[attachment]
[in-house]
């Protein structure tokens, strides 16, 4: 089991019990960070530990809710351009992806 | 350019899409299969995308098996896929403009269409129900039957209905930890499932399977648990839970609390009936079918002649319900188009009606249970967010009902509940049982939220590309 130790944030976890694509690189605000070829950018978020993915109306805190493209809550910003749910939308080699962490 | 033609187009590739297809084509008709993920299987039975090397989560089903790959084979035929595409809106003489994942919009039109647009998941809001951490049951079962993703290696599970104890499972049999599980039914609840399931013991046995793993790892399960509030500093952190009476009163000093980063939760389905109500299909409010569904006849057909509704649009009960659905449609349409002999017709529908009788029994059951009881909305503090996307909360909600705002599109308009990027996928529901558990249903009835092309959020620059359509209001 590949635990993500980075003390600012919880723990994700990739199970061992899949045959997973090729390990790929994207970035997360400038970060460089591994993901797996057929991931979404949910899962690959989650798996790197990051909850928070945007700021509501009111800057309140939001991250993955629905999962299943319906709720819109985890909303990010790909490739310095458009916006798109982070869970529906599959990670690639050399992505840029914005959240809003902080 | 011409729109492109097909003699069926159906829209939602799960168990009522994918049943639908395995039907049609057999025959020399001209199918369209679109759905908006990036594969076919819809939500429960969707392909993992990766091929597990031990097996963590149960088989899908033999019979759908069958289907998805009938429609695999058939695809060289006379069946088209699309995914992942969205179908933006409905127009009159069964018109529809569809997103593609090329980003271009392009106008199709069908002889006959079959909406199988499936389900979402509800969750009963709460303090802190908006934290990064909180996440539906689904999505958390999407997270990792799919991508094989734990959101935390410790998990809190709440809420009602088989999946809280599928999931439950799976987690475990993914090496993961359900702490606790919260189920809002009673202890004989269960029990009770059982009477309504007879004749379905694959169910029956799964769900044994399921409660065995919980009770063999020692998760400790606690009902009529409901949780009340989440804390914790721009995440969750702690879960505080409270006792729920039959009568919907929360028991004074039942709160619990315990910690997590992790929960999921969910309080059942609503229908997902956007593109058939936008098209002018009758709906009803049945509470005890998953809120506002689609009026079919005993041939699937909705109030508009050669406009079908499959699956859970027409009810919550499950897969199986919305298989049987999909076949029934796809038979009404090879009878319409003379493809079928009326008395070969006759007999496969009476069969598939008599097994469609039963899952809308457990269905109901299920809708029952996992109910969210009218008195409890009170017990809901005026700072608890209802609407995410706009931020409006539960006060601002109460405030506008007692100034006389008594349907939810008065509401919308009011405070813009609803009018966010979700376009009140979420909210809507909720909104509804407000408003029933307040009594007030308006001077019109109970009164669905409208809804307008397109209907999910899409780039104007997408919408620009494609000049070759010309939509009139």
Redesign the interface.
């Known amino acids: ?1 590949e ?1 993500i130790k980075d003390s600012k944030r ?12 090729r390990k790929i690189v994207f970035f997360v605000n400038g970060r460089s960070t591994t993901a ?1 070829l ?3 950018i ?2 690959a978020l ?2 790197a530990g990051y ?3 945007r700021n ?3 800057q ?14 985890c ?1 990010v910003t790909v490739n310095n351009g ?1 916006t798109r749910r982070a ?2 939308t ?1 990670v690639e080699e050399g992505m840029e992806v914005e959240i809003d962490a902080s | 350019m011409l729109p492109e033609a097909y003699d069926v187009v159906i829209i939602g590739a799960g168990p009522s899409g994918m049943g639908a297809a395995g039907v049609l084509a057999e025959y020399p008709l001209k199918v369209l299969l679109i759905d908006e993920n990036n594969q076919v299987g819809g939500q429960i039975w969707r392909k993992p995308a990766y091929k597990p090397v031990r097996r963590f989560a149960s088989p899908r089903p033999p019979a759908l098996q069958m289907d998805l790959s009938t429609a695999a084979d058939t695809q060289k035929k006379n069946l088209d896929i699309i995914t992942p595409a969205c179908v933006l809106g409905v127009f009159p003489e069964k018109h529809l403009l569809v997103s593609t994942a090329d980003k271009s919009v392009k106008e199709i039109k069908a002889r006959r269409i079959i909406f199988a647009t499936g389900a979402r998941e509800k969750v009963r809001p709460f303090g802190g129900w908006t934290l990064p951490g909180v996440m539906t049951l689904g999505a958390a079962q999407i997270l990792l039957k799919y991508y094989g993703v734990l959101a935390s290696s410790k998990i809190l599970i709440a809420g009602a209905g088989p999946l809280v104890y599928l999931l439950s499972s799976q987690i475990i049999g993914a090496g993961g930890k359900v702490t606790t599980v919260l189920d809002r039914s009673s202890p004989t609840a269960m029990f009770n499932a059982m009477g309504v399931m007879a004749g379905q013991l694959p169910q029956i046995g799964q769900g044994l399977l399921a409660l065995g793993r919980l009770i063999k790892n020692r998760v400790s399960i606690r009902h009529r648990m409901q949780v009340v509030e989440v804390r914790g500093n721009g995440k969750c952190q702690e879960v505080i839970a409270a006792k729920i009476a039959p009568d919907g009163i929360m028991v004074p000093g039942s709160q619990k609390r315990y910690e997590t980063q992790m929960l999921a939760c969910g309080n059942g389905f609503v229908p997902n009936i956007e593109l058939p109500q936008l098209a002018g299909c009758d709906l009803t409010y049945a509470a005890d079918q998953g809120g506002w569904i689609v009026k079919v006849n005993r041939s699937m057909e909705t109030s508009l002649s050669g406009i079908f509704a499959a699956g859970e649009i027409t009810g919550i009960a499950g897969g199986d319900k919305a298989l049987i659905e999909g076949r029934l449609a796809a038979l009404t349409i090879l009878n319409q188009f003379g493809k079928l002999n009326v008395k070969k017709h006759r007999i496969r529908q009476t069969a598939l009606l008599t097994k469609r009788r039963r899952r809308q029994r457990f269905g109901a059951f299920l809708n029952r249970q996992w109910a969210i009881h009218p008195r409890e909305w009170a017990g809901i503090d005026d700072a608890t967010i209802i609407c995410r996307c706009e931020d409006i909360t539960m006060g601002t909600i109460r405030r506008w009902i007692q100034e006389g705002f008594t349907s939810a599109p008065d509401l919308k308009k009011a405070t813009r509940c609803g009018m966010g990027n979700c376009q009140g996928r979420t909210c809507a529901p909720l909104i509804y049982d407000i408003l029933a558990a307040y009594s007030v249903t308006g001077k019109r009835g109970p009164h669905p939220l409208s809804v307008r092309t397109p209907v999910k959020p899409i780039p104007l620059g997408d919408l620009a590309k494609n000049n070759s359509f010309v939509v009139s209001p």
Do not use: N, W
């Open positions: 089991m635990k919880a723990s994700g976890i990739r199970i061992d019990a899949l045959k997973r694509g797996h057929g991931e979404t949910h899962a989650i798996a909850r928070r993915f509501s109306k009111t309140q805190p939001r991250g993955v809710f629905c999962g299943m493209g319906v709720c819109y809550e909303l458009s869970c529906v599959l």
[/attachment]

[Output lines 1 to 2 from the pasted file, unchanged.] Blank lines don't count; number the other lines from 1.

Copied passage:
[in-house]
């Protein structure tokens, strides 16, 4: 089991019990960070530990809710351009992806 | 350019899409299969995308098996896929403009269409129900039957209905930890499932399977648990839970609390009936079918002649319900188009009606249970967010009902509940049982939220590309 130790944030976890694509690189605000070829950018978020993915109306805190493209809550910003749910939308080699962490 | 033609187009590739297809084509008709993920299987039975090397989560089903790959084979035929595409809106003489994942919009039109647009998941809001951490049951079962993703290696599970104890499972049999599980039914609840399931013991046995793993790892399960509030500093952190009476009163000093980063939760389905109500299909409010569904006849057909509704649009009960659905449609349409002999017709529908009788029994059951009881909305503090996307909360909600705002599109308009990027996928529901558990249903009835092309959020620059359509209001 590949635990993500980075003390600012919880723990994700990739199970061992899949045959997973090729390990790929994207970035997360400038970060460089591994993901797996057929991931979404949910899962690959989650798996790197990051909850928070945007700021509501009111800057309140939001991250993955629905999962299943319906709720819109985890909303990010790909490739310095458009916006798109982070869970529906599959990670690639050399992505840029914005959240809003902080 | 011409729109492109097909003699069926159906829209939602799960168990009522994918049943639908395995039907049609057999025959020399001209199918369209679109759905908006990036594969076919819809939500429960969707392909993992990766091929597990031990097996963590149960088989899908033999019979759908069958289907998805009938429609695999058939695809060289006379069946088209699309995914992942969205179908933006409905127009009159069964018109529809569809997103593609090329980003271009392009106008199709069908002889006959079959909406199988499936389900979402509800969750009963709460303090802190908006934290990064909180996440539906689904999505958390999407997270990792799919991508094989734990959101935390410790998990809190709440809420009602088989999946809280599928999931439950799976987690475990993914090496993961359900702490606790919260189920809002009673202890004989269960029990009770059982009477309504007879004749379905694959169910029956799964769900044994399921409660065995919980009770063999020692998760400790606690009902009529409901949780009340989440804390914790721009995440969750702690879960505080409270006792729920039959009568919907929360028991004074039942709160619990315990910690997590992790929960999921969910309080059942609503229908997902956007593109058939936008098209002018009758709906009803049945509470005890998953809120506002689609009026079919005993041939699937909705109030508009050669406009079908499959699956859970027409009810919550499950897969199986919305298989049987999909076949029934796809038979009404090879009878319409003379493809079928009326008395070969006759007999496969009476069969598939008599097994469609039963899952809308457990269905109901299920809708029952996992109910969210009218008195409890009170017990809901005026700072608890209802609407995410706009931020409006539960006060601002109460405030506008007692100034006389008594349907939810008065509401919308009011405070813009609803009018966010979700376009009140979420909210809507909720909104509804407000408003029933307040009594007030308006001077019109109970009164669905409208809804307008397109209907999910899409780039104007997408919408620009494609000049070759010309939509009139």